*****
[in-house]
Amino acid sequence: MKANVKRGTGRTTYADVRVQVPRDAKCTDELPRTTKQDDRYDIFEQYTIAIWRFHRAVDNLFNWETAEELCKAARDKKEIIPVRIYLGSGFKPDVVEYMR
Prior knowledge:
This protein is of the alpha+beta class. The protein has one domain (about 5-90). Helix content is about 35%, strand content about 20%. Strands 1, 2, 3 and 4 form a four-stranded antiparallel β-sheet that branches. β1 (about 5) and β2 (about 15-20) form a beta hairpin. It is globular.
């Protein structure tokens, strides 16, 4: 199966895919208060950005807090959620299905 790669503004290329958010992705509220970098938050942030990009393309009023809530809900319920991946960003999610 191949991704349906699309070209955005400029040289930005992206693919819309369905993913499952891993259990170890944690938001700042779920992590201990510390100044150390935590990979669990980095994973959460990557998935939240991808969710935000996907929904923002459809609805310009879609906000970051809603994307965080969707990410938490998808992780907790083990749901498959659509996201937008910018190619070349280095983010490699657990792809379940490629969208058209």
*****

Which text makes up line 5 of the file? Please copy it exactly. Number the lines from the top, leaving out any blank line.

């Protein structure tokens, strides 16, 4: 199966895919208060950005807090959620299905 790669503004290329958010992705509220970098938050942030990009393309009023809530809900319920991946960003999610 191949991704349906699309070209955005400029040289930005992206693919819309369905993913499952891993259990170890944690938001700042779920992590201990510390100044150390935590990979669990980095994973959460990557998935939240991808969710935000996907929904923002459809609805310009879609906000970051809603994307965080969707990410938490998808992780907790083990749901498959659509996201937008910018190619070349280095983010490699657990792809379940490629969208058209």